4 tips for journalists ready to convert to a membership model

Photo of vintage typewriter

The publishing industry is in constant flux, as you’re probably very aware. January of 2019 kicked off a new year with significant layoffs at major companies like Gannet, HuffPost, Yahoo News and BuzzFeed. When caught up in these situations, journalists are faced with two options; look for work at another publisher, or strike out on their own. Many are choosing the latter option, with both individual journalists and publishing groups finding success by turning to their readers and depending on their membership contributions.

Are you a journalist with loyal readers, wondering if membership might be the right path for your creative products? We’ve talked with some of Memberful’s successful journalists to find the best tips for getting started.

Build relationships before going independent

Jon Ostrower used to work for CNN, with experience in everything from independent blogging to writing for the Wall Street Journal. Jon found himself hit with layoffs at CNN in 2018, but with his varied knowledge gained across a decade of experience, Jon came to a powerful conclusion:

“I have a good sense of the trajectory of media from a multidimensional front… and the one thing I kept coming back to again and again as I made this decision was that intimate relationships with your readers are the only way to generate a product of value if you’re starting from scratch and trying to differentiate yourself.

Knowing the value of loyal readers, Jon decided to strike out on his own. He recognized that he would never have the type of relationship with his readers at a large, CNN-level publication that he could have as an independent writer. Jon took his existing readership and grew The Air Current, where he is the Editor-in-chief. Only Jon’s subscribers can access the full content on the site. Jon knows that his existing audience was key to his success. Growing your community, engaging with your readers, and building relationships before jumping into independent journalism made all the difference for Jon’s success.

Replace advertising with transparency

Local news outlets have suffered alongside mega-media sites like CNN. The BKLYNER is one such site, providing local news for Brooklyn, NY. Liena Zagare is the founder, publisher, and editor of the publication, which found itself struggling to make ends meet at the end of 2018. Instead of simply shutting down, Zagare opted to speak directly to readers. In a post titled “Save local journalism. Save BKLYNER.” she addressed her “Dear Neighbors” with a way that they could keep the news coming. Membership.

Advertising wasn’t meeting the need of the BKLYNER. Money that used to be spent with local publications was instead going to Facebook ads, sponsored results on Google, and other mass internet advertising options. Small publications can’t offer the kind of advertising leverage that social media can, so Zagare knew that it was up to their readers to keep them going. Instead, she wanted to give their readers and neighbors the chance to directly support the publication that had been serving them.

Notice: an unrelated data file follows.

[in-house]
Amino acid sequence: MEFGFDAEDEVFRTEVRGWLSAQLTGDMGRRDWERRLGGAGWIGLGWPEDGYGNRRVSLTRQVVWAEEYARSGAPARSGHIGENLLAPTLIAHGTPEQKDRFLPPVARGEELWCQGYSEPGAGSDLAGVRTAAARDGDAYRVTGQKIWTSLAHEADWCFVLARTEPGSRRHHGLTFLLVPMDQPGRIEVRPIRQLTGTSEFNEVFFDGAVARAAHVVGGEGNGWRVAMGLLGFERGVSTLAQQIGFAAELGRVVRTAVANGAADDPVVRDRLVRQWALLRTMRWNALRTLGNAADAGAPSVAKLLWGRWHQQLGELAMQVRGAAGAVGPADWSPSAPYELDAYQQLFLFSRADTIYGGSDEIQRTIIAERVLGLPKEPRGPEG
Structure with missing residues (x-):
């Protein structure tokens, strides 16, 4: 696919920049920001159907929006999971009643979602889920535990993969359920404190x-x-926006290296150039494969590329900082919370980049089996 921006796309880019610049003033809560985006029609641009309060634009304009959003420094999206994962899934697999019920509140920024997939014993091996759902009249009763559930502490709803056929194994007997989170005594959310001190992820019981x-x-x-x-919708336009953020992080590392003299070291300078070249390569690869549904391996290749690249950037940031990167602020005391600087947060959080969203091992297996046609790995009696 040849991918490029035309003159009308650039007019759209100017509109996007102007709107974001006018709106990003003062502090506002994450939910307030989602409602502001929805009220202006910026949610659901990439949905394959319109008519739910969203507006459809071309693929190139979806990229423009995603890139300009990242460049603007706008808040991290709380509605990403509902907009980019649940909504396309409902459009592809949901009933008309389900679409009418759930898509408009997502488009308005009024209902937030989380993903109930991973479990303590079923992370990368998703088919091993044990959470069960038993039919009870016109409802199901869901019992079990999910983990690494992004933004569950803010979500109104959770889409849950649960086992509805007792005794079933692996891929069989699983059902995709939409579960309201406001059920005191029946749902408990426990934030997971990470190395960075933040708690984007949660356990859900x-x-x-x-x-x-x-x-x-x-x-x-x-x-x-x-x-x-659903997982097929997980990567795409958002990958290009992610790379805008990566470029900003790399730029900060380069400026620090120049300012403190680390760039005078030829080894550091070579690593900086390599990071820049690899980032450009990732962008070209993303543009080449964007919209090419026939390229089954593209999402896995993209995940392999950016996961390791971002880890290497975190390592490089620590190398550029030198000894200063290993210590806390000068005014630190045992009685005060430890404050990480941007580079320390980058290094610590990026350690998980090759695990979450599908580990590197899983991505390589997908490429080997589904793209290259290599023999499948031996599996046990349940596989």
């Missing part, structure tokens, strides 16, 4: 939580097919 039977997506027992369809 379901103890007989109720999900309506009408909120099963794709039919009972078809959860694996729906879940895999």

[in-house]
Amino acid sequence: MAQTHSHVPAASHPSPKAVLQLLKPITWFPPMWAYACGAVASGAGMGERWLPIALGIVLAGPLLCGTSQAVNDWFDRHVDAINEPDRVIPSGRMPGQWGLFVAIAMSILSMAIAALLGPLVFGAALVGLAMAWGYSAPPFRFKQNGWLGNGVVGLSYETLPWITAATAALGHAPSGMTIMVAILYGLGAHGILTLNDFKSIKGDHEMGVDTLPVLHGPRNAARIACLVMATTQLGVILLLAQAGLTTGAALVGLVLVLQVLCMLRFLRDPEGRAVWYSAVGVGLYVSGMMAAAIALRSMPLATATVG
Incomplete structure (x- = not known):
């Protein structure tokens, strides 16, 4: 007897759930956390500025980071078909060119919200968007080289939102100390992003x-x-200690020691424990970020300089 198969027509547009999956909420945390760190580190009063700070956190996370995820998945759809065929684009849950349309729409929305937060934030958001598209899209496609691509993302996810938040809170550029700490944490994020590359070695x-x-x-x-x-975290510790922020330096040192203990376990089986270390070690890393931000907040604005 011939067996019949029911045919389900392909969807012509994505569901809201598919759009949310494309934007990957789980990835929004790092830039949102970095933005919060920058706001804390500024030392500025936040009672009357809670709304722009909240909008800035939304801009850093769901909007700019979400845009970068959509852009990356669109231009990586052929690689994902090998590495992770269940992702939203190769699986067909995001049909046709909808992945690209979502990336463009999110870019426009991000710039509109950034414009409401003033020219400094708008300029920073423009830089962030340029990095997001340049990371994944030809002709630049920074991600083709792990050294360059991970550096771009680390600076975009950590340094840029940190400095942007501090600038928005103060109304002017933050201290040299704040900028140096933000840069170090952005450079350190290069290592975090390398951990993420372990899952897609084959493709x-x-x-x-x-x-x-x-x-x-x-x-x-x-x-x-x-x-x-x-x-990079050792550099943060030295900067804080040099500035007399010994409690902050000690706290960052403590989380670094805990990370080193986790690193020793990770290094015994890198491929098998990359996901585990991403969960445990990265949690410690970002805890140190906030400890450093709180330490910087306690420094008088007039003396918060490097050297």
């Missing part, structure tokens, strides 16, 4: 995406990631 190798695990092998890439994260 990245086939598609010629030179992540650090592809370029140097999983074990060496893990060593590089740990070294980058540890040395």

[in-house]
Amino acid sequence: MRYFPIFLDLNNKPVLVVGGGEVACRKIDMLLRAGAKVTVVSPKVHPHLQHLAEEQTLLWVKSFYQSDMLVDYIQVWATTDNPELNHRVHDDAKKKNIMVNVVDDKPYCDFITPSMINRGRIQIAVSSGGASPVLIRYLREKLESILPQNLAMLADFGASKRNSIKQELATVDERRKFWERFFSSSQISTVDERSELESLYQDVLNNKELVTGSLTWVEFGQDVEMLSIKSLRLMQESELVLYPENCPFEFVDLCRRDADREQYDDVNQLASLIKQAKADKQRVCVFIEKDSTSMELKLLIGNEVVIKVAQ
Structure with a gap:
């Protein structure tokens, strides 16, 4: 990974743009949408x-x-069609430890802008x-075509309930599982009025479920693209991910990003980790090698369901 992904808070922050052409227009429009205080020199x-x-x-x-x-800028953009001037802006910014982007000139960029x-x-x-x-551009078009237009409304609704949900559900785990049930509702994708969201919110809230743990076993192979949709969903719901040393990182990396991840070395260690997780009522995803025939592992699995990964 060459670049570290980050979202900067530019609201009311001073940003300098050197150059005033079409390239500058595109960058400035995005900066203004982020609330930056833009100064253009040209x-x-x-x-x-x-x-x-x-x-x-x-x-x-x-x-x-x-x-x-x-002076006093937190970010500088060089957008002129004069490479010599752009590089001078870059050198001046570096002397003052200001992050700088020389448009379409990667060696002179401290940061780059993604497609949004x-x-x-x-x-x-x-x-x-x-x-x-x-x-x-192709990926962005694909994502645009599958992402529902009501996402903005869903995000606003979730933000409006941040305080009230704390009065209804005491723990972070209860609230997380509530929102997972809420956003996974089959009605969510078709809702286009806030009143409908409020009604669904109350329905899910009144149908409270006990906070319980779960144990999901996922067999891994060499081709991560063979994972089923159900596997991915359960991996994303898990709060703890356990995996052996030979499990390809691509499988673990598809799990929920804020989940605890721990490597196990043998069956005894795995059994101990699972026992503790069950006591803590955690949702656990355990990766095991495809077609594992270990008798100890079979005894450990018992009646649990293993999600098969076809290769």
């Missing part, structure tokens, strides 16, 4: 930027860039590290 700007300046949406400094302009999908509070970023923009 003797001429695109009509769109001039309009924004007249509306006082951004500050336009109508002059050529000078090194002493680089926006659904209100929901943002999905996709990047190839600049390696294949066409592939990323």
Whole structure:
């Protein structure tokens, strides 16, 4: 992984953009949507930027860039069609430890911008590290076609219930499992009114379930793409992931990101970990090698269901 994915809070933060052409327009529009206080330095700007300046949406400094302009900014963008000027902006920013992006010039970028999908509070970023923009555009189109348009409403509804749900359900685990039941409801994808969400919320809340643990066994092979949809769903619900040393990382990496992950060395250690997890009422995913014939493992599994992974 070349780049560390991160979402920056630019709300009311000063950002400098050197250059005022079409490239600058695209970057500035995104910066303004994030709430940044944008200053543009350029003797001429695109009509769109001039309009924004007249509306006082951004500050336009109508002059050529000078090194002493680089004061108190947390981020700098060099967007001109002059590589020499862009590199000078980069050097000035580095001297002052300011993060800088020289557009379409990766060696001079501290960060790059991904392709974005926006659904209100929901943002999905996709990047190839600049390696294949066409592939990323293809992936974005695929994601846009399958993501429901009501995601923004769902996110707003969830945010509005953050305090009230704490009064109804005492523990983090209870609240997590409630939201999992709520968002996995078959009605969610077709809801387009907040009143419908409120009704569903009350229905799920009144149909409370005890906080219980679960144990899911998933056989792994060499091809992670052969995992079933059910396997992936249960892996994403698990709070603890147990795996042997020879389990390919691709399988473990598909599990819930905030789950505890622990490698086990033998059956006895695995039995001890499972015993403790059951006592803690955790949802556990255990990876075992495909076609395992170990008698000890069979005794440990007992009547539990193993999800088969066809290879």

Readers did respond to Zagare’s post, with the BKLYNER passing 2,000 subscribers and still rising. Zagare’s choice to be transparent with her readers hit a note, sparking loyalty and membership from those who directly benefited from the BKLYNER. Loyal membership thrives on transparency and engagement; far more valuable than advertising.

Nothing replaces consistent valuable content

Nothing--not a viral post, Google ads, or click-bait--replaces truly valuable content. Membership isn’t appealing the casually interested, it is designed for the happily invested. Providing true expertise is what will attract consistent, member-class readers. We know that creating high-quality pieces on a regular basis is no easy task - but when you’re producing quality content your readers can transform into members; giving you the financial freedom to scale your publication while still creating top-notch content.

You also must product that quality content on a consistent basis. Establish a schedule, then keep it. Stephen Hackett, a partner at popular podcast Relay FM, explains that “...you’re trading content for someone’s time, and if you’re loose with the schedule, it’s not respectful of the time someone wants to put in.” The same is true for journalism pieces, if not even more so. Your membership is invested not only in your content, but in having it on a regular basis. Showing up for your readers consistently will keep your membership growing.

Find the winning combination

Memberships have the flexibility to offer a variety of different value propositions. Creators have the option to offer some products for free, some offer a free site with the option to subscribe for additional content to be sent directly. Big media sites like The New Yorker allow anyone to read a set number of article each month without a subscription.

It’s up to you as a journalist to do some homework and find the right ratio of content to subscription that helps keep your current members coming back while also helping you to grow your readership. Engage with your readers so that you know what they find most valuable. Encourage them to share some free content with others who they think would be interested in your offerings. Most of all, make sure that both free and paid content meets your standard and tone.